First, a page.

By pepsicolagirl 3 Comments
It’s no big news that video games make a great deal of money. But your average fan might not realize just how profitable the industry truly is. Annually, the video games sector is generating more money than either of the music or film industries, with profits in the dozens of billions.
But let’s not be vague; let’s talk numbers… hard numbers. According to PricewaterhouseCoopers latest Global Entertainment and Media Outlook, in last year alone, the industry raked in just under 42 billion dollars. I can’t imagine how much money the snack food industry made as a result. Jokes aside, it’s interesting to consider just how much collateral profit other industries are making due to the booming success of the video game market. HD TV’s, surround sound Hi-Fi’s, XXXL t-shirts and Cheetos must all be making a killing off our industries success. And it has no signs of slowing down anytime soon, with the same report predicting the industry will be worth about $70 billion by 2012 –suddenly that ‘$775 million’ Activision E3 party is starting to sound a little more reasonable.
Illegal amounts of money aside, what exactly generates all of this revenue? The simple answer is software. In 2008, US software sales eclipsed hardware revenues by close to 30%, with expected revenues to sky rocket to $34.7 billion globally by 2012. The profitability of software sales has always been the driving force behind the video game industry. It’s really a brilliant system - while a consumer will purchase a given hardware device only once, they ’ll continue to purchase software over and over for the lifetime of that device. Consequently, hardware sales act as a platform for ongoing revenues. With more and more people buying games than ever, software is now driving exponential growth. The strength of software revenue even shapes the way hardware manufacturers operate. A fundamental mantra of hardware manufacturing is that short term losses from hardware sales are justified by the inherent prosperity of long term software sales.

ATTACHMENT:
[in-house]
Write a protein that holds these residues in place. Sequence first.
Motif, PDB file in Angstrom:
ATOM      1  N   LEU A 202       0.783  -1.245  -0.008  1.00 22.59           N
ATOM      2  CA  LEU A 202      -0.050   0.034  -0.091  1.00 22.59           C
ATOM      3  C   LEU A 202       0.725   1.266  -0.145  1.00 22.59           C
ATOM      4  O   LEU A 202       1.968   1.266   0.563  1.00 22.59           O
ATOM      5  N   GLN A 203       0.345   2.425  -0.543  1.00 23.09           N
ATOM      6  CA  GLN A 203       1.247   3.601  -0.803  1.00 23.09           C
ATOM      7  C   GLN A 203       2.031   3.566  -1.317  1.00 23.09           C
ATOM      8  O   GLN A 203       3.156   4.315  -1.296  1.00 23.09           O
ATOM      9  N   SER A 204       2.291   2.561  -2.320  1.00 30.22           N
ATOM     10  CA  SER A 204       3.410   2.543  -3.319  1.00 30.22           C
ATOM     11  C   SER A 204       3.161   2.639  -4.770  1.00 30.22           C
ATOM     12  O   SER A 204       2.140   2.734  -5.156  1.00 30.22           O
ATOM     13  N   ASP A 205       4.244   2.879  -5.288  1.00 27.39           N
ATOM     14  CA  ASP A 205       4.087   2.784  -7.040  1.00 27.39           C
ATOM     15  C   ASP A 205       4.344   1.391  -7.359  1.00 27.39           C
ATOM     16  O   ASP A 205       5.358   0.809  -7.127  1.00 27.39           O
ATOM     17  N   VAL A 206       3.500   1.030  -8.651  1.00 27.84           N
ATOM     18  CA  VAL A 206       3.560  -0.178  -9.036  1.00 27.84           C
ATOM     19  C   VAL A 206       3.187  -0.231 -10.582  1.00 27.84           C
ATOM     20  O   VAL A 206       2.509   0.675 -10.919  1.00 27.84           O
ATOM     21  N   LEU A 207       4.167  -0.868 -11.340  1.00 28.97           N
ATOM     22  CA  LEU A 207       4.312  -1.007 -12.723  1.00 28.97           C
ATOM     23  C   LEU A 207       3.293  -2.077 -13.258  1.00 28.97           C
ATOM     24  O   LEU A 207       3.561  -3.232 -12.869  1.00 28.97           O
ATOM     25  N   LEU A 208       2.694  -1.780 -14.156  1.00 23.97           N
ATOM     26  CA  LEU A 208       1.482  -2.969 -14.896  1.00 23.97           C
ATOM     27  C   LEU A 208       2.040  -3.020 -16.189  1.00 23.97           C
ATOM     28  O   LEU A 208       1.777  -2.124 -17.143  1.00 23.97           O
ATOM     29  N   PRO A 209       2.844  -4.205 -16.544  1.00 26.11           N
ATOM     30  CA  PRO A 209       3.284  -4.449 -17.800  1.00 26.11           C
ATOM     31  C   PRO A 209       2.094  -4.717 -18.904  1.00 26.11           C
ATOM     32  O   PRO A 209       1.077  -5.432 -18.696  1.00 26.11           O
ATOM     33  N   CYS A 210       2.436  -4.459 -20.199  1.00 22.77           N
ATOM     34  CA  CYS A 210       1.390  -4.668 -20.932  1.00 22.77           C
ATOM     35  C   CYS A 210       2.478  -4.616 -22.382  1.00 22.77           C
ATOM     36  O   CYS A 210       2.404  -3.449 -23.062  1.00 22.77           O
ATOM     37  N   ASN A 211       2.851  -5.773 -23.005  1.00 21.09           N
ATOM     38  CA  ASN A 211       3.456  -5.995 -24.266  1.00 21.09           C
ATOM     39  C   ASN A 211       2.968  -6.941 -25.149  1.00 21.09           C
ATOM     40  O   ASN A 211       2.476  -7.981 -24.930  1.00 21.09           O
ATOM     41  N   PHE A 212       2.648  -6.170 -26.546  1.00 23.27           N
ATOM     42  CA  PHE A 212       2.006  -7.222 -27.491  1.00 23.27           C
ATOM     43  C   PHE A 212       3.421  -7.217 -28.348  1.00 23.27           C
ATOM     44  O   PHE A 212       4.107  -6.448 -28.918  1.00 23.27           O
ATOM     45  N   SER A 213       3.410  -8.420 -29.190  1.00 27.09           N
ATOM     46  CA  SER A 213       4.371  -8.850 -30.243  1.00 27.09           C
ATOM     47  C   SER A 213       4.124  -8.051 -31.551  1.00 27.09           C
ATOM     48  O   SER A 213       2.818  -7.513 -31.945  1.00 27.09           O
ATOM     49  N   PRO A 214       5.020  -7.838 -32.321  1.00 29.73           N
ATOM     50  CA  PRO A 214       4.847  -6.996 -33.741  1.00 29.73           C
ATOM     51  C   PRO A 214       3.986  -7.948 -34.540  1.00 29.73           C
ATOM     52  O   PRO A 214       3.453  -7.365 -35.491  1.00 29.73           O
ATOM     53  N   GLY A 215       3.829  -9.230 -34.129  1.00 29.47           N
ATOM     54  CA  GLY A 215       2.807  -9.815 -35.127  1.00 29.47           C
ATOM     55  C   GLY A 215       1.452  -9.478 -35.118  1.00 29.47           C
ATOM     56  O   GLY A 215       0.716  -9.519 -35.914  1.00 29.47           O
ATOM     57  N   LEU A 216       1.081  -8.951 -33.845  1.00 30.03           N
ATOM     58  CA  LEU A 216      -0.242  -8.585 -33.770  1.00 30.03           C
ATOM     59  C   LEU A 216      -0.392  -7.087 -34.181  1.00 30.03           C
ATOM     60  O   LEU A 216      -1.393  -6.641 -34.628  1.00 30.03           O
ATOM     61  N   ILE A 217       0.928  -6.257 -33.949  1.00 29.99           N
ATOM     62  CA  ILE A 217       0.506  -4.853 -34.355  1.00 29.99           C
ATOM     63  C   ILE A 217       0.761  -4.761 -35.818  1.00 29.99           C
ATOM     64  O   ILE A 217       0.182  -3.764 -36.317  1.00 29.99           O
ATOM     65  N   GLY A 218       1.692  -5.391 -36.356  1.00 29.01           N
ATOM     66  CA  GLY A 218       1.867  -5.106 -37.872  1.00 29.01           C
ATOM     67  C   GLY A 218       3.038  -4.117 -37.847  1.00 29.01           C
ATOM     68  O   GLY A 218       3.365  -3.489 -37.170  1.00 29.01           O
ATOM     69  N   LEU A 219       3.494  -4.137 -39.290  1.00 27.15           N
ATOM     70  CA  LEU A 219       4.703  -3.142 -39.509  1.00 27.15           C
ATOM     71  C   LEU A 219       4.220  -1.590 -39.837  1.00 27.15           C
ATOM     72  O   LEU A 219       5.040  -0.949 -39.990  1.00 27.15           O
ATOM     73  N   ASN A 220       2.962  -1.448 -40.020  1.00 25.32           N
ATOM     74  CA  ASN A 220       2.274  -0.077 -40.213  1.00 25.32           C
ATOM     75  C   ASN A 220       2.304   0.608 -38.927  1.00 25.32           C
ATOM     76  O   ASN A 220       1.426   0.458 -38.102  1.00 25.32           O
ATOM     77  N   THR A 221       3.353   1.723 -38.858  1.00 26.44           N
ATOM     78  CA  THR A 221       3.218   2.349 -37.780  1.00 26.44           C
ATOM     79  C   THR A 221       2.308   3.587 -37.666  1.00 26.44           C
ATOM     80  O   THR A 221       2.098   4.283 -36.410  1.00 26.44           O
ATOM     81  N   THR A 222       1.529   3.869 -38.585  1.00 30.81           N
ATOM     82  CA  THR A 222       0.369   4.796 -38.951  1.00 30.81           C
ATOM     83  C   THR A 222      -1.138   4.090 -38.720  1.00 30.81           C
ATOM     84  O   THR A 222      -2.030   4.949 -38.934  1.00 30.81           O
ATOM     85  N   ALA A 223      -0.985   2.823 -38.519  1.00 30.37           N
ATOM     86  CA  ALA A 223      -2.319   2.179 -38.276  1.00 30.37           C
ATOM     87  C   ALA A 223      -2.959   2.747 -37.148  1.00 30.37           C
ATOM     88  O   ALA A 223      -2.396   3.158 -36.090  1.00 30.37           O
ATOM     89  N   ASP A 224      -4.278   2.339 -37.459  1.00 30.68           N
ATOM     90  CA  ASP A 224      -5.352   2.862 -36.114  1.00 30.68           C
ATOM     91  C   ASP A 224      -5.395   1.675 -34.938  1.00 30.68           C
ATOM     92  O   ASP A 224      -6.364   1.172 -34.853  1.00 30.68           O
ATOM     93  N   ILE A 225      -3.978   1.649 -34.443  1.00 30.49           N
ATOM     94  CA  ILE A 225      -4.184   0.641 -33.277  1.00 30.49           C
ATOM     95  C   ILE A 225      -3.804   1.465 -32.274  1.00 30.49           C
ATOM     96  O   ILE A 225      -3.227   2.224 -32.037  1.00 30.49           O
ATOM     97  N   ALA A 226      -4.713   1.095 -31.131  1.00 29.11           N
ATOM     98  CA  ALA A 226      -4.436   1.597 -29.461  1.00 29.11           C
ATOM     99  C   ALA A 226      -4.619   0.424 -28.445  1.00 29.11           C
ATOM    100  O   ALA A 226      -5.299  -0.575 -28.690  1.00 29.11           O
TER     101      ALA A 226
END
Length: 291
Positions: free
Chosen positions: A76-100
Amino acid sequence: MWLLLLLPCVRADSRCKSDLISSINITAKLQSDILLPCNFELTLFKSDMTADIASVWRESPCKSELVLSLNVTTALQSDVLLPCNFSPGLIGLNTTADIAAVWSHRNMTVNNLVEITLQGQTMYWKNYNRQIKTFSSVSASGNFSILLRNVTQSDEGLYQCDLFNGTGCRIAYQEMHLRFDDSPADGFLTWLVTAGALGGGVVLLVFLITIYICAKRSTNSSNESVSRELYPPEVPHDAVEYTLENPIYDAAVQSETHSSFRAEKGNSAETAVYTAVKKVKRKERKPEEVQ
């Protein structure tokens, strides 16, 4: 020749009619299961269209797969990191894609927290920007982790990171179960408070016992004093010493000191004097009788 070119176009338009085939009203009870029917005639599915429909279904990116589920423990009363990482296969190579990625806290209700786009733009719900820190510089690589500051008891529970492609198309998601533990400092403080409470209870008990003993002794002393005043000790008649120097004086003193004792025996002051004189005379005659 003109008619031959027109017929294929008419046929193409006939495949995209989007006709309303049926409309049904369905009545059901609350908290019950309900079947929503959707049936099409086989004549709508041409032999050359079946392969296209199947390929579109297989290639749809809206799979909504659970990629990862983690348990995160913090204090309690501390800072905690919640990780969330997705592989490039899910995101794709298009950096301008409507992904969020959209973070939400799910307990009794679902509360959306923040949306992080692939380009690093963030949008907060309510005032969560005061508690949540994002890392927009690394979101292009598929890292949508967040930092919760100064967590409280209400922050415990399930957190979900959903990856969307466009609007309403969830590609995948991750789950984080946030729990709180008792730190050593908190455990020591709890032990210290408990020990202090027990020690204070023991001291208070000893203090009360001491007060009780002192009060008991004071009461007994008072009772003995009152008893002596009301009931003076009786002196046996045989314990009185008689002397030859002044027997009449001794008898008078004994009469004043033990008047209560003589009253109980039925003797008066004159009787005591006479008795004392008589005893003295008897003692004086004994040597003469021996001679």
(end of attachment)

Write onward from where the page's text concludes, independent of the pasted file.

While the music industry moans about illegal downloads diminishing profits and Hollywood loses ground to home cinema, the gaming industry continues to go from strength to strength - it’s truly astounding how quickly the industry has grown. Software sales alone have quadrupled since 1996, growing on average by over a fifth every year. In fact, the broader trend of gaming seems to be exponential expansion – with software revenues nearly doubling in the US over the latter half of this decade, from $7 billion in 2004 to $12.1 billion in 2009.
So software makes bucket loads of money. Great. But put those revenues from software sales alone in the context of the broader entertainment industry and you might start to grasp just how successful gaming has really become. According to the Motion Picture Association of America (MPAA), box office takings for 2009 were approximately $10.8 billion, falling over a billion dollars short of the $12 billion generated by US software sales. Impressive for sure, but the data becomes truly astounding when you consider that we’re talking about the American market here, a nation whose culture is arguably synonymous with film.
Unsurprisingly, all those software dollars are backed up by a hardware race that is healthier than ever before. Browsing tallies of the most successful gaming platforms, it’s key to note that each of the current generation systems will unquestionably enter the top 10 highest selling platforms of all time, provided current projections hold true. Assuming this is the case and with exception to Nintendo’s Gameboy and the Sony Playstation, every one of the all time most successful platforms has been released in the last decade. For an industry that begun with the first home consoles in the early 1970’s, such a skew towards recent hardware clearly evidences the growing popularity and strength of the industry.
I can’t help but mention the fact that all this commercial success has yet to translate into the same kind of artistic respect or social acceptance that other sectors of the entertainment industry enjoy. It’s unavoidable however, that as the video game market continues to expand and dwarf its competition, the ‘Games as Art’ debate is only becoming more and more relevant. Regardless, there’s one thing that’s ever so clear; we are literally witnessing the early decades of a new entertainment medium in the history of our race, one that’s here to stay and one that has never been stronger.
Article 1/3 I wrote for the totally awesome third issue of The Luchazine